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I am looking for a way to retrieve the Unicode value for a given char, and if possible store it as an integer. Any inbuilt method for this in Java, or do I have to code my own?


I am building a basic encryption program for fun. What I need is to map each character in the Unicode set to an integer, which I can then manipulate in my encryption formula.

I thought about using ASCII values for char by typecasting the char as an int, but then I read about Unicode online, and realised my mistake.

Any help will be appreciated.

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Java char is already UNICODE (specifically, it's UTF-16). –  dasblinkenlight Jun 21 '13 at 17:40
char c=somechar...., int unicodeValue=somechar suffice –  pinkpanther Jun 21 '13 at 17:40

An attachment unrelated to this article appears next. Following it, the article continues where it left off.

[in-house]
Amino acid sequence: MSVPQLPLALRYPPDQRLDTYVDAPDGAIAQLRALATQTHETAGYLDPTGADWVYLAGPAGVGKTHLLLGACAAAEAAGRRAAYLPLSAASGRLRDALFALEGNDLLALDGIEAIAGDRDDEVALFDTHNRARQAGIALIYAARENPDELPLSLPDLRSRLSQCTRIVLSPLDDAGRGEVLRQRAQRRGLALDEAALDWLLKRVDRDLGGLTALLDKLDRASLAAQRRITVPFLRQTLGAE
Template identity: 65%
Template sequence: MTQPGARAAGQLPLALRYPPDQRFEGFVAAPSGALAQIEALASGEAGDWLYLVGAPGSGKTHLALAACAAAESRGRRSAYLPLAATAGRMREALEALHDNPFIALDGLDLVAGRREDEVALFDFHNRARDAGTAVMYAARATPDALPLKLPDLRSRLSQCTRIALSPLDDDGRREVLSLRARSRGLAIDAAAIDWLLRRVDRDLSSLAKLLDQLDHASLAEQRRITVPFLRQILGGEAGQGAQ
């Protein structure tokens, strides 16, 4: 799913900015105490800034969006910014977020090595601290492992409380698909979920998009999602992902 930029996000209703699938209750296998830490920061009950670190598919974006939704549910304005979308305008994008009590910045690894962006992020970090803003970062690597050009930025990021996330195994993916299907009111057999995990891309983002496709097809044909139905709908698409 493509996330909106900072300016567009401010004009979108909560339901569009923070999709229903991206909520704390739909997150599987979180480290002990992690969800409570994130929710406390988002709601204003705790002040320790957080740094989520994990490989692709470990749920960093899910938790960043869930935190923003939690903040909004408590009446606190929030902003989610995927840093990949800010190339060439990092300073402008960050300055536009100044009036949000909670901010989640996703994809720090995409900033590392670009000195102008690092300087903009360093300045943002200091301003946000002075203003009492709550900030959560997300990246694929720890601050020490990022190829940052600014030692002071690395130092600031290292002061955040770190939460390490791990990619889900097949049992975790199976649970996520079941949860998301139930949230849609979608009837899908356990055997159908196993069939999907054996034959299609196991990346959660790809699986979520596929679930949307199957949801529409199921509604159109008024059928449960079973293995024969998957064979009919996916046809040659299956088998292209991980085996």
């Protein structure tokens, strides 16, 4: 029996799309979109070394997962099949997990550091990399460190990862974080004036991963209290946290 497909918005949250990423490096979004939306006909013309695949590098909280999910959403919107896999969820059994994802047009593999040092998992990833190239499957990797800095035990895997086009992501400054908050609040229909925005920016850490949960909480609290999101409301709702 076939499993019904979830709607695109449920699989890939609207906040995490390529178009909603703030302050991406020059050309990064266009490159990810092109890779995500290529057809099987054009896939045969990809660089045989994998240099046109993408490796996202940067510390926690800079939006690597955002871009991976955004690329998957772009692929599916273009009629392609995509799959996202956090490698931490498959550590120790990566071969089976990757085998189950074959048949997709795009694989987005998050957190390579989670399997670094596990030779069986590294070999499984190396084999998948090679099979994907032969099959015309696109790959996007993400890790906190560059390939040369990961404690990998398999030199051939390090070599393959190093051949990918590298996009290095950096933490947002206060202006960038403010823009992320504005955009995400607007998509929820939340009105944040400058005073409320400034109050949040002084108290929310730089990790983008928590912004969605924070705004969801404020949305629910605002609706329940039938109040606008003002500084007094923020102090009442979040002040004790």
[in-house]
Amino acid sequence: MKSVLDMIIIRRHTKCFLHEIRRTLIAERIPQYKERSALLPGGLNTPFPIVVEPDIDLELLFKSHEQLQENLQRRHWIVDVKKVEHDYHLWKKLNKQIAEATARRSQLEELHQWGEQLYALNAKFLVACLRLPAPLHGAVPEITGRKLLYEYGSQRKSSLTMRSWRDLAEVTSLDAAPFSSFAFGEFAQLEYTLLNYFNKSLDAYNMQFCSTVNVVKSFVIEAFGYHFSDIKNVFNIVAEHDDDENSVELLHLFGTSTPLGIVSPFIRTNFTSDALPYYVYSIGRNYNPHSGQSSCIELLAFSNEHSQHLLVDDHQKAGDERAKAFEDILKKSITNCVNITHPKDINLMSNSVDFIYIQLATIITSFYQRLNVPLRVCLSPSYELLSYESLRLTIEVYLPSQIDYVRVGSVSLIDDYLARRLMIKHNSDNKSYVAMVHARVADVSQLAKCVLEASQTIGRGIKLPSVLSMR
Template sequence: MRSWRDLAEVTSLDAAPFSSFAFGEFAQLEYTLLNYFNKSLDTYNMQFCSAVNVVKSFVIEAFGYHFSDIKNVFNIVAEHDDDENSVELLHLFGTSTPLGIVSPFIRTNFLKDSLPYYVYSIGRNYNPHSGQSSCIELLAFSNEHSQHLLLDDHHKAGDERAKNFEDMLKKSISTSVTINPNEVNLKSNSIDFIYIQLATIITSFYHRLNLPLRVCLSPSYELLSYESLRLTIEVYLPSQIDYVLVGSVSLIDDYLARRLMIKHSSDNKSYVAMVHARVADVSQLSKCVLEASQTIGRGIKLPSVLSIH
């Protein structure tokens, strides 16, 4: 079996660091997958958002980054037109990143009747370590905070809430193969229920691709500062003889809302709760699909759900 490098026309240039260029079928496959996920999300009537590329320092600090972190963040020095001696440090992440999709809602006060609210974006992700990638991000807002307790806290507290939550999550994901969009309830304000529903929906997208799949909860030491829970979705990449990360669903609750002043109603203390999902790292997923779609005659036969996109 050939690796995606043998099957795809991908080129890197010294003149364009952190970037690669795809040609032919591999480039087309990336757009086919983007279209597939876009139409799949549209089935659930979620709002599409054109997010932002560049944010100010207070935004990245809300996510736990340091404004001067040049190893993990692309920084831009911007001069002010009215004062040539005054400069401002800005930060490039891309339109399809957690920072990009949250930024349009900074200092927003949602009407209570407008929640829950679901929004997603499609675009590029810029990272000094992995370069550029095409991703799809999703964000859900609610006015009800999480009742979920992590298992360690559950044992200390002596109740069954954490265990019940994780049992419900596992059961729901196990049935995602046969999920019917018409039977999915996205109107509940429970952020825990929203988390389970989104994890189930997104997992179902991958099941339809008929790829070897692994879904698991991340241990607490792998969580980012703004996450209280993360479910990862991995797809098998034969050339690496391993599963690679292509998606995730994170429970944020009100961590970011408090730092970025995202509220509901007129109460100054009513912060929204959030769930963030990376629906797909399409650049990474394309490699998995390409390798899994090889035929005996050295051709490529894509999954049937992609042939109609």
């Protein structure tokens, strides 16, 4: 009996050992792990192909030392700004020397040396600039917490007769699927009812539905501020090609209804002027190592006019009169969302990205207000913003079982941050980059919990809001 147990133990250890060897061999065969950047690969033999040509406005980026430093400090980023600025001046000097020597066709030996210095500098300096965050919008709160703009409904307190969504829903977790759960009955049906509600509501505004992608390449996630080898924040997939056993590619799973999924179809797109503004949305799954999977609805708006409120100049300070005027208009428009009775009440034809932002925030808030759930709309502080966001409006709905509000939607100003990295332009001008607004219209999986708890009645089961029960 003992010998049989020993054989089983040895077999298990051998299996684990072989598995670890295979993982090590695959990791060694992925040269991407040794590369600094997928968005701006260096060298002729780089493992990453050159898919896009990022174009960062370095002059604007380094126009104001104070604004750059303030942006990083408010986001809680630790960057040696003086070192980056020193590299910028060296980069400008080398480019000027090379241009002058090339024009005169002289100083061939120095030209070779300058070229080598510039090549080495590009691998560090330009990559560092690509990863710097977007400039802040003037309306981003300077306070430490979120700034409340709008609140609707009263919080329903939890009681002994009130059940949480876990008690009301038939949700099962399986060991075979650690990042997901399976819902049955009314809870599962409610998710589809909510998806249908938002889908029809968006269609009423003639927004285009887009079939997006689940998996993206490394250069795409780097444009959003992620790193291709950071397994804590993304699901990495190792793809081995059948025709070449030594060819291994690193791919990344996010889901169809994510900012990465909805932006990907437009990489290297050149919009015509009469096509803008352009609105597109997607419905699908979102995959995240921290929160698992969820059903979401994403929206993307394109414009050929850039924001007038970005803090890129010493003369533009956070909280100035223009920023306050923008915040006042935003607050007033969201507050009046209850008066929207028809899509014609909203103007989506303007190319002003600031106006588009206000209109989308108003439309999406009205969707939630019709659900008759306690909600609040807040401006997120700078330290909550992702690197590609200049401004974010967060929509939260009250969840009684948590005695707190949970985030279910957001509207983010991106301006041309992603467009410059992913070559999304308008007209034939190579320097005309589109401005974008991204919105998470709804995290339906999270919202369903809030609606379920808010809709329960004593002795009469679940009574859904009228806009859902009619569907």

A Unicode code point can only be stored in an int, not in a char. This is a classic beginner mistake. A Java char only holds individual UTF-16 code units. It cannot hold a code point. –  tchrist Jun 22 '13 at 1:15
Encrypting Unicode (whether based on code points or the UTF-16 code units that Java strings are based on) is pretty unusual. Most cipher implementations work on a byte-array basis and you will probably find it easier to do the same. To map any Unicode strings to byte arrays, choose a UTF encoding (Java charset), probably UTF-8. –  bobince Jun 23 '13 at 23:10

1 Answer 1

The Java programming language represents text in sequences of 16-bit code units, using the UTF-16 encoding.

Hence this is enough :

char character='a';
int code = character;

As per JLS 3.10.4

Character literals can only represent UTF-16 code units (§3.1), i.e., they are limited to values from \u0000 to \uffff. Supplementary characters must be represented either as a surrogate pair within a char sequence, or as an integer, depending on the API they are used with.

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If your UTF is in a String, ideally you ought to iterate over code points rather than chars in case there are 4-byte code points present. –  Russell Zahniser Jun 21 '13 at 17:49
+1 for mentioning this . –  NINCOMPOOP Jun 21 '13 at 17:51

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